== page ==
The apartment building at the corner of East Kirby and Beaubien was opened in 1927 as Great Lakes Manor, a building designed intended for Detroit’s silk stocking market. By the late 1920s, a black economic elite emerged in Detroit, families whose income was derived from funeral homes, retail trade, entertainment, cab companies, preaching, professional services—especially law and medicine—and from the numbers industry. In 1935, a number of blacks from that group purchased properties on and near the East Kirby Historic District.

The Great Lakes Mutual Insurance Company was founded in 1926 by Bill Mosley and Charles Roxborough to serve black customers. Mosley owned the largest black newspaper in the city at that time, Detroit Tribune Independent, owned the controlling interest in a funeral home and one-half of the large black taxicab company. However, his major source of income may have been from numbers. In 1935, the Great Lakes Mutual firm purchased Great Lakes Manor. Charles Roxborough moved there. Members of the black financial elite had been active in the city’s Republican Party for a long time. Lawyer Charles Roxborough was the firt black elected to a city office in 1905. He maintained his interest in politics and ran for the State House as early as 1918. His office was located on Chene Street in the heart of the east side Palonia. In 1932, he won election to the State Senate. Knowing that his district had a large Polish population, Roxborough learned their language and spoke it fluently. Until the late 1930s, The Republica Party: the party of Lincoln, garnered the votes of urban blaccks. Rosborough was a Republican candidate for the US Congress in 1934, 1936 and 1938. However, he lost those elections. He was a delegate to the Republican national conventions in 1936, 1940 and 1944; conventions that nominated Alf Landon, Wendell Wilkee and Thomas Dewey. Detroit did not have a black representative in Congress until Charles Diggs was elected in 1954. Charles Roxborough’s brother, John, was well-know as the individual who recognized the exceptional talents of Joe Lewis when he first participated in the Golden Gloves fights in Detroit. John Roxborough served as Joe Lewis’ manager or co-manager throughout his career.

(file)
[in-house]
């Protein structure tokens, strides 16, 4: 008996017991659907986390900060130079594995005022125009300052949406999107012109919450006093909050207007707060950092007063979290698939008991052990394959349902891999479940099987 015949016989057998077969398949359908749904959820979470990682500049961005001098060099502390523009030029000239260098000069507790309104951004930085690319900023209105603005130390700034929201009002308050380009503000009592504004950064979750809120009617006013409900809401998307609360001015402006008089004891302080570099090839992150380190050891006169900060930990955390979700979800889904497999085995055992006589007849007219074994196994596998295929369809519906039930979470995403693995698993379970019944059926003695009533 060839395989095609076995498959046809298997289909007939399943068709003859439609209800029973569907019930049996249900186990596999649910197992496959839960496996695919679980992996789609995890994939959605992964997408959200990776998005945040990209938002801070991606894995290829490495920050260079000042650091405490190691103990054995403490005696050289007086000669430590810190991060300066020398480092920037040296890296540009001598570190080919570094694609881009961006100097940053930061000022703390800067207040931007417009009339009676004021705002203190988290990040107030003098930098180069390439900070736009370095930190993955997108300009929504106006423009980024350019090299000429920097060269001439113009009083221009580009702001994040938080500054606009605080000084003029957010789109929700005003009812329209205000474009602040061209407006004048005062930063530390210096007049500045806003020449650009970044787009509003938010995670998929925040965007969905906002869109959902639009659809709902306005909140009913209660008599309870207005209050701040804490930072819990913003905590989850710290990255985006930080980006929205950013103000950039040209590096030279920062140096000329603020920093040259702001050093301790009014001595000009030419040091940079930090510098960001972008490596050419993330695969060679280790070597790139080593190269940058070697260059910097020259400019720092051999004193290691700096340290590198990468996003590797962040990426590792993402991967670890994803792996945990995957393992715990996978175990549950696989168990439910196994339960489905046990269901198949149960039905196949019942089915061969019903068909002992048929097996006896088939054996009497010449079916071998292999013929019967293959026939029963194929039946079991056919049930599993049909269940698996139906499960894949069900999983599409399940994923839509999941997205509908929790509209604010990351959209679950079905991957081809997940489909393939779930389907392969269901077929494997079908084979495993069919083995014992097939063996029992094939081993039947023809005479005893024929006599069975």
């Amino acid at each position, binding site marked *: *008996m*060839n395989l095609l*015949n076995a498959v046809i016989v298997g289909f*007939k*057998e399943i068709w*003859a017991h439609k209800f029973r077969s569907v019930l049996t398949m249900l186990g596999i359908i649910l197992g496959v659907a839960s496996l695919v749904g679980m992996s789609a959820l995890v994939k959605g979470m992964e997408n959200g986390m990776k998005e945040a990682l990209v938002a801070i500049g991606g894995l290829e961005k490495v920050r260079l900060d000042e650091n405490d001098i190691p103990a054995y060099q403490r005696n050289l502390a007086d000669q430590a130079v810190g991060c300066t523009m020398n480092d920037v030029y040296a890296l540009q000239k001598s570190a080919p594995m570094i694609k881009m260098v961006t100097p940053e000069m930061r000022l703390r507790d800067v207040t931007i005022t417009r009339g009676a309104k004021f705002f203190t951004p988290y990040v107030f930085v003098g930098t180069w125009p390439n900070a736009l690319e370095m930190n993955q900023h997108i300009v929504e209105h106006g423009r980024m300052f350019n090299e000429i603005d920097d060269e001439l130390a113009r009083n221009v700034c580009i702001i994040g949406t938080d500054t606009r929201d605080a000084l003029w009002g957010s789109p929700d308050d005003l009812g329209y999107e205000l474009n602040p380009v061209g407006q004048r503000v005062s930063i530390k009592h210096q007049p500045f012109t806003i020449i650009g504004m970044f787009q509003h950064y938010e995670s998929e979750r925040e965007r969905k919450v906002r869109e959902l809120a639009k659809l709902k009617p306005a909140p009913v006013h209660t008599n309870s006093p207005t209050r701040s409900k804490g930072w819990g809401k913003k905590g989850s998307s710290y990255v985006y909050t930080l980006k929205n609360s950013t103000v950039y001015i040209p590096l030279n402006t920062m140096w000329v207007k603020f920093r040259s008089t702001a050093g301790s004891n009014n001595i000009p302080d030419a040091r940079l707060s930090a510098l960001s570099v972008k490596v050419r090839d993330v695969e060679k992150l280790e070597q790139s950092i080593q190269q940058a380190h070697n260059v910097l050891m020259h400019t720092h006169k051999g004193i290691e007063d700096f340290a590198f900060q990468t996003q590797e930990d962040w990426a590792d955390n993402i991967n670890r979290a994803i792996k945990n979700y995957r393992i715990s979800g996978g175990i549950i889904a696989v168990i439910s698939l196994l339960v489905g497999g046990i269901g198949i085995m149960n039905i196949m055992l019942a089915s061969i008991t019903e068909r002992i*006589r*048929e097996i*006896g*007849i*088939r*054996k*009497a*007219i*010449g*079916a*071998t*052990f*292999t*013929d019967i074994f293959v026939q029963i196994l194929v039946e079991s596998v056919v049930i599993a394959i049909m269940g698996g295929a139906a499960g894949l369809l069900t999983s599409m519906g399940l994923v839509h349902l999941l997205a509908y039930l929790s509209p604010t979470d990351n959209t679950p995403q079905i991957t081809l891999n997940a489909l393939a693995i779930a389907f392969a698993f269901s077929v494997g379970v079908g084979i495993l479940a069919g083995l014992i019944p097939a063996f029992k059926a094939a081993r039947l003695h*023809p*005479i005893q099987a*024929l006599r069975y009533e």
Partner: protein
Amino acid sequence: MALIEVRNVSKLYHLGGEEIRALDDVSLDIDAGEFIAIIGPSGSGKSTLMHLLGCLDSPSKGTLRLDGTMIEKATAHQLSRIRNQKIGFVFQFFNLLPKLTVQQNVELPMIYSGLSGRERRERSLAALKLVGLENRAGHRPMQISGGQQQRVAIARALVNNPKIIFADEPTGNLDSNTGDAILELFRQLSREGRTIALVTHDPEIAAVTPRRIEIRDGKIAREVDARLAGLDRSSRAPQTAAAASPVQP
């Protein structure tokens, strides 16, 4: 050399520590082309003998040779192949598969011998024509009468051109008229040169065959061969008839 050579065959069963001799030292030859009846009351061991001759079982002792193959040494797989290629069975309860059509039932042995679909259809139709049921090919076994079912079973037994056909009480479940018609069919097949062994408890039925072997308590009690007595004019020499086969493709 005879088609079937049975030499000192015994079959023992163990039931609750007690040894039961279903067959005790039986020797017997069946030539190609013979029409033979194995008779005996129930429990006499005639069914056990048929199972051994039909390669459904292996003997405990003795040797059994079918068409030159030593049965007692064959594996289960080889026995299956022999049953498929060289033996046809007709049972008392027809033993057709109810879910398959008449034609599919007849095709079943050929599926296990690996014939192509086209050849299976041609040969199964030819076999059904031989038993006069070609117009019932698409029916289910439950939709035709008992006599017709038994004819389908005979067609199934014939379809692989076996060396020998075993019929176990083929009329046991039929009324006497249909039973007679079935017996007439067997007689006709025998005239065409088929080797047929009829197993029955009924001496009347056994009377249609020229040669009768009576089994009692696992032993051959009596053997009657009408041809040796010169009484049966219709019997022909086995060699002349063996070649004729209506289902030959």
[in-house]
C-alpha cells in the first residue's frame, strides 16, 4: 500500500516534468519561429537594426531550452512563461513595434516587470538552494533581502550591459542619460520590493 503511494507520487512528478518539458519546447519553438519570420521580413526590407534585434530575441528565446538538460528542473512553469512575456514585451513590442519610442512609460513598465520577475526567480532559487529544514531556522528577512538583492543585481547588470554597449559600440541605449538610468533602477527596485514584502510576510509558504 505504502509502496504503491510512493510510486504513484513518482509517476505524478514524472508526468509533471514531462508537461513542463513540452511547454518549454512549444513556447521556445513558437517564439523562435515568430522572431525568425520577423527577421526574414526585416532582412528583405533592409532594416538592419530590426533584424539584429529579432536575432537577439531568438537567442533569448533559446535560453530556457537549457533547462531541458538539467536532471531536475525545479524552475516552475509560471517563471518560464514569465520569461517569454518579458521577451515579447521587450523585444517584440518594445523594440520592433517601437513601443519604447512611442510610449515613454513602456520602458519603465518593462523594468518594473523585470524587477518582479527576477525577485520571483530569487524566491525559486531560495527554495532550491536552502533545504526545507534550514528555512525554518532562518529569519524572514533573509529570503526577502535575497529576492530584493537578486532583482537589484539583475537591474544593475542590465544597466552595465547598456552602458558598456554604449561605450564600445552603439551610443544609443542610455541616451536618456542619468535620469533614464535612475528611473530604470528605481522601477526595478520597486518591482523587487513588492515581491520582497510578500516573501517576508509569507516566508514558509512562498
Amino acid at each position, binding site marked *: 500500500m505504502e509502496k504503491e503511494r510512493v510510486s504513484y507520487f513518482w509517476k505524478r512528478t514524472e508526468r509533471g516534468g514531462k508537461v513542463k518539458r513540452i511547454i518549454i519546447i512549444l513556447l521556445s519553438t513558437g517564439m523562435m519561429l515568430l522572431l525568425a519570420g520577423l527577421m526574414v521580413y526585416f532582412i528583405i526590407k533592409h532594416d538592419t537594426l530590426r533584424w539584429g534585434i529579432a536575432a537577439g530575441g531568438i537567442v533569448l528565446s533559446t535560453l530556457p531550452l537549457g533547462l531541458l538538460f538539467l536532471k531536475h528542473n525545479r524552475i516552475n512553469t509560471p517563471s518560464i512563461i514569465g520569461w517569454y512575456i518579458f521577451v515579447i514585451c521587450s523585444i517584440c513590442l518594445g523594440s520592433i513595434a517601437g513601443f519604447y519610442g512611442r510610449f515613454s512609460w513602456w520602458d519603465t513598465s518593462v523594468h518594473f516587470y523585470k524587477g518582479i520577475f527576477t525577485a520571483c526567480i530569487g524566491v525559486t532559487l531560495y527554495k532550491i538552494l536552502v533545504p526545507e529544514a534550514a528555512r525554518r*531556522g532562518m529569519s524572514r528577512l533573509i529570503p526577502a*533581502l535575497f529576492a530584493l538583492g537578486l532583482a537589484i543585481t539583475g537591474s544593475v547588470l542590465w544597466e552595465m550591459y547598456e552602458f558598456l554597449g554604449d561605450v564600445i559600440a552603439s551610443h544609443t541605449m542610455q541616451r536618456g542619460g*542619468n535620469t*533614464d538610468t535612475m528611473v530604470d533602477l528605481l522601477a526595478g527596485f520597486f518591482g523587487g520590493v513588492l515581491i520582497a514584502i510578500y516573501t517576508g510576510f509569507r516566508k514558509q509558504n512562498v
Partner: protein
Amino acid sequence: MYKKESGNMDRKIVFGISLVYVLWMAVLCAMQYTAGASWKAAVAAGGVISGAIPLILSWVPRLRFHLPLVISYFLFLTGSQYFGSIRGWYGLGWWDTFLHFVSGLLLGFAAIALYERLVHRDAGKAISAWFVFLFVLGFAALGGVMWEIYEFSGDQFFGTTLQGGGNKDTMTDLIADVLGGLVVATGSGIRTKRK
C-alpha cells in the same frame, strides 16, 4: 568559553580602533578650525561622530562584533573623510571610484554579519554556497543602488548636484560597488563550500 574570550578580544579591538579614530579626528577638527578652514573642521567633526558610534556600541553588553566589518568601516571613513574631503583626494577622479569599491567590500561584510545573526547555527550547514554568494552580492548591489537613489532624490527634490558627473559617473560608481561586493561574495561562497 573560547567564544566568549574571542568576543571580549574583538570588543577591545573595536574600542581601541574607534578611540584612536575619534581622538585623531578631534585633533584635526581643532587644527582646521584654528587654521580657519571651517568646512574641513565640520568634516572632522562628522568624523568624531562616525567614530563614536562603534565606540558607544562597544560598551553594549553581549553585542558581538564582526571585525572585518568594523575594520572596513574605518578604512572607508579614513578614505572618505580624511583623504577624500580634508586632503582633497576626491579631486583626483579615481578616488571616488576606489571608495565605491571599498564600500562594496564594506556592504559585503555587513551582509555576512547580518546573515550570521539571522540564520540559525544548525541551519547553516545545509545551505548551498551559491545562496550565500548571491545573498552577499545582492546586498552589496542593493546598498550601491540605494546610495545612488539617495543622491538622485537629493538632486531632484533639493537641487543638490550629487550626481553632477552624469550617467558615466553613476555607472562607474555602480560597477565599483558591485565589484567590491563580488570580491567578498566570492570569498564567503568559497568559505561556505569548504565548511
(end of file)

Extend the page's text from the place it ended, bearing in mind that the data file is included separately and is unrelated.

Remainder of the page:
"The Most Famous Front Porch in the Nation"

The Warren and Florence Harding Residence
300 Mount Vernon Avenue, Marion, Ohio
This is a National Historic Landmark





The Warren Gamaliel Harding Memorial

600 Delaware Avenue, Marion, Ohio





City of Detroit Designated Historic District: Listed July 17, 1992
State of Michigan Registry of Historic Sites: Not listed
National Register of Historic Sites: Not listed
Use in 2007: Residences
Photograph: Ren Farley, November 1, 2007
Description updated: November 9, 2009